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Toning down the heat in chilies


JohnnyH
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Leave it for a day or 2....the heat will tame down.

Or take your meal with warm milk...so that the capsaicin is carried off in the fat molecules.

Edited by Tepee (log)

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I like my chili much hotter than my wife does, so I usually add a touch of sugar to hers. It never really imparts a sweet taste, it just tames the heat a touch.

Get your bitch ass back in the kitchen and make me some pie!!!

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A little sour cream on top will help to cut the heat.

I second the sour cream. It makes a huge difference.

Make that three of us. My husband thinks he doesn't like "hot" peppers, but he adds so much "mild" chili powder that it's too hot for me, the inveterate cayenne user. Sour cream is my salvation.

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Lots and lots of sour cream?

Milk on the side?

You could freeze it in smaller Ziploc bags and use it to season new batches as you make them...rather than making one huge batch now.

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Carbs (sugar, starches) help tame the fire.

Serve on rice, or with cornbread.

Add sugar.

Sour cream and cheese just taste sooooo good on chili, add those too!

"You dont know everything in the world! You just know how to read!" -an ah-hah! moment for 6-yr old Miss O.

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A little maple syrup is in my chile recipe. It doesn't exactly cut the heat, but slows down the attack a bit. It's a trick I learned from Chef Robert Delgrande of Cafe Annie. He's a real chile expert.

The sour cream suggestion and serving it on rice will dull the heat more than something sweet.

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Add beans. if you already have them in there, add more.

Or, strain off some of the liquid (save it if you want). Then add more of the liquid ingredients, unseasoned, to the pot and let it simmer for a bit. See if that balances it out. You may have to reseason for salt and other flavorings. This saves the batch and gives you a similar amount that you would have otherwise, so you don't end up with 20 gallons of the stuff.

Screw it. It's a Butterball.
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Leave it for a day or 2....the heat will tame down.

Or take your meal with warm milk...so that the capsaicin is carried off in the fat molecules.

The milk does work temporarily. Problem is, it just delays the burn, if you know what I mean. The oils that cause the burn are just sent farther down the system and do the damage elsewhere. :blink:

Screw it. It's a Butterball.
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A great use for left-over wine corks! Seriously -- bring the chili back to heat on the stove and dump in a handful of corks for an hour or two. Corks and potatoes will absorb *some* of the spicyness. I've done this often and can attest to effectiveness!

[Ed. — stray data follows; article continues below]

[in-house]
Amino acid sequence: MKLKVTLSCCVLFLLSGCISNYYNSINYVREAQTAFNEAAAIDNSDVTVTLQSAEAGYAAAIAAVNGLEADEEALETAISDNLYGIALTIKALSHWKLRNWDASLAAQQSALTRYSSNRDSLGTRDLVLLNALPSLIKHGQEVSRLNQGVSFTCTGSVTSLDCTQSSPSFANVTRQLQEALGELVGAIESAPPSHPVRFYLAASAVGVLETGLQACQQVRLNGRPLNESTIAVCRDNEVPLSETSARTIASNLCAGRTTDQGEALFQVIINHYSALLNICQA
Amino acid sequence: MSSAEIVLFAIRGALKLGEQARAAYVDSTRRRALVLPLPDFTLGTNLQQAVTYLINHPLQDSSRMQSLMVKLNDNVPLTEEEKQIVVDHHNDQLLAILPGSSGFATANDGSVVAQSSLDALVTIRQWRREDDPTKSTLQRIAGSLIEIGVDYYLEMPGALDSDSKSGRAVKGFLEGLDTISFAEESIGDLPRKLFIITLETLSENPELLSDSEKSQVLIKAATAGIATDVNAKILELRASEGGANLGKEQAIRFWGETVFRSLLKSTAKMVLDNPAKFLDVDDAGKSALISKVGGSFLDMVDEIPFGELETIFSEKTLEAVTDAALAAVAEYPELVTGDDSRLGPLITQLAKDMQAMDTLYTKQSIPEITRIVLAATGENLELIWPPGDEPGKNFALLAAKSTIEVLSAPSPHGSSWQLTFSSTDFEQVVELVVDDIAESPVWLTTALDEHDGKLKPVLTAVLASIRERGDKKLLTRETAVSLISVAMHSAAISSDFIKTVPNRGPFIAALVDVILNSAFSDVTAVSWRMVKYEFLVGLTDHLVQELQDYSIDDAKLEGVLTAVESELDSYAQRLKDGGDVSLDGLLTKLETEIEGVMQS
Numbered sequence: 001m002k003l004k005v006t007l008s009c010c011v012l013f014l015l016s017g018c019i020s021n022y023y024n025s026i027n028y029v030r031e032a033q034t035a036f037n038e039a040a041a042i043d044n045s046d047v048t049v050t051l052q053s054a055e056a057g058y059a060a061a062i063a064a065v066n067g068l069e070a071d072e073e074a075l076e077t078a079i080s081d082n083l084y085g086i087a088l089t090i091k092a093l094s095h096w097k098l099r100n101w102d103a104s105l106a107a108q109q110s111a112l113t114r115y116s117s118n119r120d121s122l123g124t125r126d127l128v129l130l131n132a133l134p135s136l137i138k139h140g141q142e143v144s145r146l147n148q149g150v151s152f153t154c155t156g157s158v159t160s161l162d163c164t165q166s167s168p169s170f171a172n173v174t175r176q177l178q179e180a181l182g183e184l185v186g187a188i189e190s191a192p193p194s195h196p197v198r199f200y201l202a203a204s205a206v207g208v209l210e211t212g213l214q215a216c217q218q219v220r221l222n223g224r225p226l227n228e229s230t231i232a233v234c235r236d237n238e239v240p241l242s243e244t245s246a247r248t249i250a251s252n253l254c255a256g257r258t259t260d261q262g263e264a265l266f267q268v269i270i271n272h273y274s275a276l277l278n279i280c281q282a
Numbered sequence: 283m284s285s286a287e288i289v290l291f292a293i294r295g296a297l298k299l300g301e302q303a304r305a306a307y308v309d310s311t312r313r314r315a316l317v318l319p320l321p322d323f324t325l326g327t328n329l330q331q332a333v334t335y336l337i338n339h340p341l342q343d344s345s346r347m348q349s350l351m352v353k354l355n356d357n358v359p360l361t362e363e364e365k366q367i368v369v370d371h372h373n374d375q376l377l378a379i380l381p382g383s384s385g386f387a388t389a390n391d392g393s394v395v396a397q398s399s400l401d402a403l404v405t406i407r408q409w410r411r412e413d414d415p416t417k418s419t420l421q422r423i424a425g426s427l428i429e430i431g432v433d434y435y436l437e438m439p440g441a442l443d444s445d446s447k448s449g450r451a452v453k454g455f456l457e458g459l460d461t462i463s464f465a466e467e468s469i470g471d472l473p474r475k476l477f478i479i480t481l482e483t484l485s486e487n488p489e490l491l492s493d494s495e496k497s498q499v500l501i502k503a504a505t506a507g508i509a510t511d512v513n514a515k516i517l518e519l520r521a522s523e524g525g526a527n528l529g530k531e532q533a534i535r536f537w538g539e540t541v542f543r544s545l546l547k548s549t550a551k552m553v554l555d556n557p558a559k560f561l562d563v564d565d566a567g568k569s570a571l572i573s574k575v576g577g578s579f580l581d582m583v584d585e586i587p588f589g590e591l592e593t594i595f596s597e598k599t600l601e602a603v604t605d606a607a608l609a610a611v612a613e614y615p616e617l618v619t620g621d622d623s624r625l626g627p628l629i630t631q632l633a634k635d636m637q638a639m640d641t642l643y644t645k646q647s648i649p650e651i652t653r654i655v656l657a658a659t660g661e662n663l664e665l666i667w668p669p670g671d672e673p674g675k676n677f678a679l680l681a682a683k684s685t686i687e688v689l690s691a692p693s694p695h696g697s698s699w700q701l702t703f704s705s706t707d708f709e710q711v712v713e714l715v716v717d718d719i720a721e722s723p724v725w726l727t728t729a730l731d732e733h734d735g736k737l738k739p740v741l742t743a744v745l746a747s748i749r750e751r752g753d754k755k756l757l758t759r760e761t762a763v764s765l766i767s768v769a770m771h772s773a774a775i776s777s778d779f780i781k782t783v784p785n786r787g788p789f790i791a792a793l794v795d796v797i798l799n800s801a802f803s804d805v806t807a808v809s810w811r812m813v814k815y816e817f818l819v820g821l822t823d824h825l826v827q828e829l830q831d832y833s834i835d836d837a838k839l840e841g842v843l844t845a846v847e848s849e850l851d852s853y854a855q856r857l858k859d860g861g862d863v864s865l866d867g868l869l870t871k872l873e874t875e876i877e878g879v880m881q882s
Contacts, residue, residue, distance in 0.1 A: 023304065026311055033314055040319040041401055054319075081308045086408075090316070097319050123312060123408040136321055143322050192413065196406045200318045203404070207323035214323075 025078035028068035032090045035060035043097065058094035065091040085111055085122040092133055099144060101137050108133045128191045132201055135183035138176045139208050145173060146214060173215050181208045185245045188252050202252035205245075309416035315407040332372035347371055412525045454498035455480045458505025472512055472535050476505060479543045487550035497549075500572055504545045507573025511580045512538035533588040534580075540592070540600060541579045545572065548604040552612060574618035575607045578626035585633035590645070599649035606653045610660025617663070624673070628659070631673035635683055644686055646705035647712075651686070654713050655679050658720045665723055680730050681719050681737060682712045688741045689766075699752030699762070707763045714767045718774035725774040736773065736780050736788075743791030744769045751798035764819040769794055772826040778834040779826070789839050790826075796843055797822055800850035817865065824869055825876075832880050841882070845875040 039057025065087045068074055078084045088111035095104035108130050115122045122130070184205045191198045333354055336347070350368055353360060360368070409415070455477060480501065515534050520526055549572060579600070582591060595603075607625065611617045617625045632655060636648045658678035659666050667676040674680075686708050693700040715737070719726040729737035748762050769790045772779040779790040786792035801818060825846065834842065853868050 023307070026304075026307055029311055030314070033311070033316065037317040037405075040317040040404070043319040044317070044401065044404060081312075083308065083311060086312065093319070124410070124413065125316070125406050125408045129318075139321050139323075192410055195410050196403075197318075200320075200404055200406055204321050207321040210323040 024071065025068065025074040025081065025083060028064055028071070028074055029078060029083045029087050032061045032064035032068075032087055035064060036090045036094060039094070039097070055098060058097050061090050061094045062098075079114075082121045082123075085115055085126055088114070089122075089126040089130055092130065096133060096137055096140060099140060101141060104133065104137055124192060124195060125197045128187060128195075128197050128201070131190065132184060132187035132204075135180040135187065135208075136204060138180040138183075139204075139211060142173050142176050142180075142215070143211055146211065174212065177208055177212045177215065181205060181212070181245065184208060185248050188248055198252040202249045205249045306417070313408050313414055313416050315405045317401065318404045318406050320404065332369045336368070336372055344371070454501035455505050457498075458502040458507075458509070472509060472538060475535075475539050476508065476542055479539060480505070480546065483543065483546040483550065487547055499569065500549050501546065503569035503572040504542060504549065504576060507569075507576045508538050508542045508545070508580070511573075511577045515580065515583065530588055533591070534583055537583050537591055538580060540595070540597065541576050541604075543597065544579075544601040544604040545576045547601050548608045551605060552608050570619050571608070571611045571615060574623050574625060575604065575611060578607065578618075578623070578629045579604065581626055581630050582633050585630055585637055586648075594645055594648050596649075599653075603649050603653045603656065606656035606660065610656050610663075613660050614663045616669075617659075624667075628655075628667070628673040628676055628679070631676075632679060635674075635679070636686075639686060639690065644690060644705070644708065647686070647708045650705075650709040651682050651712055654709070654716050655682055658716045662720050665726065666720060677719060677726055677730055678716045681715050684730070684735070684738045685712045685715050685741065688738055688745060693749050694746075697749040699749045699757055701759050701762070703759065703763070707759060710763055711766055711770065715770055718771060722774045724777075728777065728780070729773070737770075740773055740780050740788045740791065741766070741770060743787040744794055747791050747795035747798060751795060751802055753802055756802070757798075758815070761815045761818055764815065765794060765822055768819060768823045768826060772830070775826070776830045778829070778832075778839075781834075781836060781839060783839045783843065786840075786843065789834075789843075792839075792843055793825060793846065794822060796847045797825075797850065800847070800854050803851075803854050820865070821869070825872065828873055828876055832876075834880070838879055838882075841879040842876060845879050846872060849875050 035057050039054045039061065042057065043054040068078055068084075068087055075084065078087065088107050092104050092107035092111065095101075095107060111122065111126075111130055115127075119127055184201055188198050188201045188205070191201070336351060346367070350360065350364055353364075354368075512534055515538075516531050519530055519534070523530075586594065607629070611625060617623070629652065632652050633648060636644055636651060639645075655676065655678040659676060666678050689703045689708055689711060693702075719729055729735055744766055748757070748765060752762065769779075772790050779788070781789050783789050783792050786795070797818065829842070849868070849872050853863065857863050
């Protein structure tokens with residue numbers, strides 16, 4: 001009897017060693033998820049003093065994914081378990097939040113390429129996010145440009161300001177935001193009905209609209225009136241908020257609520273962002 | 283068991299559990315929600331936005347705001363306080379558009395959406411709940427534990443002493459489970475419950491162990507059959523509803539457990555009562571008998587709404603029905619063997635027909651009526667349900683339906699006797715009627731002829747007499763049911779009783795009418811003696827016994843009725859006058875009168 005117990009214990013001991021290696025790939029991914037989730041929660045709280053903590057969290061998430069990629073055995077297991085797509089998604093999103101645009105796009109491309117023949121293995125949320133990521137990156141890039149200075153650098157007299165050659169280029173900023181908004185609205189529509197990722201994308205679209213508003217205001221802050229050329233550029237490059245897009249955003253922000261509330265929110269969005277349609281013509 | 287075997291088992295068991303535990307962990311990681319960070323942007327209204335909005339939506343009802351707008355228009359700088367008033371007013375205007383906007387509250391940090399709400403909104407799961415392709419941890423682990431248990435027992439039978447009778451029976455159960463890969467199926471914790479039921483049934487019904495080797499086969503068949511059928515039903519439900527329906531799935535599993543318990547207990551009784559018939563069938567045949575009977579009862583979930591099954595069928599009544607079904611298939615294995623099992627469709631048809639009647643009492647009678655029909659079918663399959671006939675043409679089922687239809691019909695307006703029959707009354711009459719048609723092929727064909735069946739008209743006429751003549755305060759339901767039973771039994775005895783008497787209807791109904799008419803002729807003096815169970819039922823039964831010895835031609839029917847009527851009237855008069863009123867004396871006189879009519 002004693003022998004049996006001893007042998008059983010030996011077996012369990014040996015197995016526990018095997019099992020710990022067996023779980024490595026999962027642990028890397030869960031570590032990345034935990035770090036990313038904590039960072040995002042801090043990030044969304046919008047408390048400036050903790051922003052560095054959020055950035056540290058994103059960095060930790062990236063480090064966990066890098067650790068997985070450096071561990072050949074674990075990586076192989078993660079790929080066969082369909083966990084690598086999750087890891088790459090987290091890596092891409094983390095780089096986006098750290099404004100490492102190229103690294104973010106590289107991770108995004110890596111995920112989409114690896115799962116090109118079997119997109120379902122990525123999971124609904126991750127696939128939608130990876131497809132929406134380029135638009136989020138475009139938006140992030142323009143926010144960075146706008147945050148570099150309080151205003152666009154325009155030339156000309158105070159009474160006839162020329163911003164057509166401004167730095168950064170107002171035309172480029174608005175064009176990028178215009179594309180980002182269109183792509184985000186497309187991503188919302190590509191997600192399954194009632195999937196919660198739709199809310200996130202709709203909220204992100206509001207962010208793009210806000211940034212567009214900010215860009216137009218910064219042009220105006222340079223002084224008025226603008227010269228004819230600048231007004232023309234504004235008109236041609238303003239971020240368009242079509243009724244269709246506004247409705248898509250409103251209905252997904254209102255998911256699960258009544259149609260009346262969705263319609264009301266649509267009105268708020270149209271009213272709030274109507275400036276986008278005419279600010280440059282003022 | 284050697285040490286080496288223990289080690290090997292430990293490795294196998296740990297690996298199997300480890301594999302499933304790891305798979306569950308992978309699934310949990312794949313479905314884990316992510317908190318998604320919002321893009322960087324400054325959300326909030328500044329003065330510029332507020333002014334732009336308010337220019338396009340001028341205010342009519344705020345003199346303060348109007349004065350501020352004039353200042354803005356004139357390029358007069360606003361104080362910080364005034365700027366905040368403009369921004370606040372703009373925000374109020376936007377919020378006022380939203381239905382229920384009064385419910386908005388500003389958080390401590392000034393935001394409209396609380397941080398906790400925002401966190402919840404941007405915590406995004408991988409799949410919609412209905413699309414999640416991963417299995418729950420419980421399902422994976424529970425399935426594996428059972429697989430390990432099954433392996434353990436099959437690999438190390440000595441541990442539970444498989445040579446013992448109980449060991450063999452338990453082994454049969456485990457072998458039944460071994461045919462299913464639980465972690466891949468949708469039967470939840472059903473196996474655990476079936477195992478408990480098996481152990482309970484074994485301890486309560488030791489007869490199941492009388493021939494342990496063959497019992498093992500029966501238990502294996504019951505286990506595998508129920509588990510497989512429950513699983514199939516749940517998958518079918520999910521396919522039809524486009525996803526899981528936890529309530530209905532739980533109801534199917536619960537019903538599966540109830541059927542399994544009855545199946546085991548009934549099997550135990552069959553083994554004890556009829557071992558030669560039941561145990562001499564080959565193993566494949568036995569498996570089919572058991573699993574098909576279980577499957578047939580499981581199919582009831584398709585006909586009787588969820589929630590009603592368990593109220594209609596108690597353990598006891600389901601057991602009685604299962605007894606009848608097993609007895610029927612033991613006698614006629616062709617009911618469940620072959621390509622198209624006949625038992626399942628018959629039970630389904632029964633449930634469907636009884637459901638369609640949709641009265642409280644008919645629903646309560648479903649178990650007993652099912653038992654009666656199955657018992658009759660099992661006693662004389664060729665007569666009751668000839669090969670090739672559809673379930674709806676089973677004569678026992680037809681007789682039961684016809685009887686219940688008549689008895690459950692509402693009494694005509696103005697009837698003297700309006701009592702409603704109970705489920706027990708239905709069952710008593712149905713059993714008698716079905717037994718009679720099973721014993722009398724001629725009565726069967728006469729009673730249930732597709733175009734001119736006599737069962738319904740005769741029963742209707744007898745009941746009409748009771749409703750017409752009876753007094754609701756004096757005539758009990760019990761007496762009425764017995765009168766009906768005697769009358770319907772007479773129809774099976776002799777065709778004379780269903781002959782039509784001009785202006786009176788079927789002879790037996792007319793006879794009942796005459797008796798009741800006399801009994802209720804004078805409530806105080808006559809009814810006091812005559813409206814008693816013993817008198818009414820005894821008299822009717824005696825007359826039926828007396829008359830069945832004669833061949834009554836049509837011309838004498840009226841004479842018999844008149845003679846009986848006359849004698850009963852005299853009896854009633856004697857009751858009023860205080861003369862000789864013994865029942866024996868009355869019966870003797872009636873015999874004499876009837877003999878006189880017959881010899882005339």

Then add the sour cream...

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I like pretty much every idea I've read here, but I would just make some more, without the spicy mix, and add it to your hot chilli until the flavor is as expected. If in needs more spices, add cumin, a little garlic salt (or onion salt), and yes, do add some sugar. It helps.

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The reason the heat level of chili seems to mellow out after it sits for a day is because the capsaicin is being more evenly distributed in the solid components. Right after you cook chili, a lot of the capsaicin is still floating around in the liquid - a lot like if you salt beans after they're cooked and don't give them time to absorb the salt. The higher concentration of capsaicin in the liquid coats your mouth more thoroughly with heat. After it's redistributed to the inside of the beans and meat, the concentration of capsaicin that comes into contact with your tongue is lower, and less sticks to your taste buds.

This leads me to think that any additional ingredient that can sit in the chili for a long time (at least overnight) and absorb it's share of capsaicin, then be removed later, can help to diminish the heat. It's the same principle as the rice-fix for oversalting.

Temperature is also a factor. I've noticed that if I have something really tasty, but too spicy for me, I'll continue eating until it just hurts too much to bear - but this threshold is much farther along if whatever I'm eating isn't piping hot.

Then again, cheese and sour cream are always welcome additions to my chili. :)

-- There are infinite variations on food restrictions. --

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Thanks everyone for your help and suggestions. I did try the stuff with sour cream but it was still too spicy.

Today, I added a chunked up potato, sugar and a can of pineapple (pureed in blender). Tighe found something on the web about the acid and sweetness of the pineapple helping to counteract the spice.

It is definitely milder but I think I will wait another day or two to see if it mellows out a bit more. Beyond that, I loved the idea to freeze small portions to season my next batches!

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There was another discussion around here where posters said freezing something tones the heat down quite a bit. I thought that was a load of hooey until I froze a spicy hot dip and discovered that upon thawing it wasn't nearly as spicy hot as it was before it went into the freezer.

Would love an SSB to explain this phenomenon...

 

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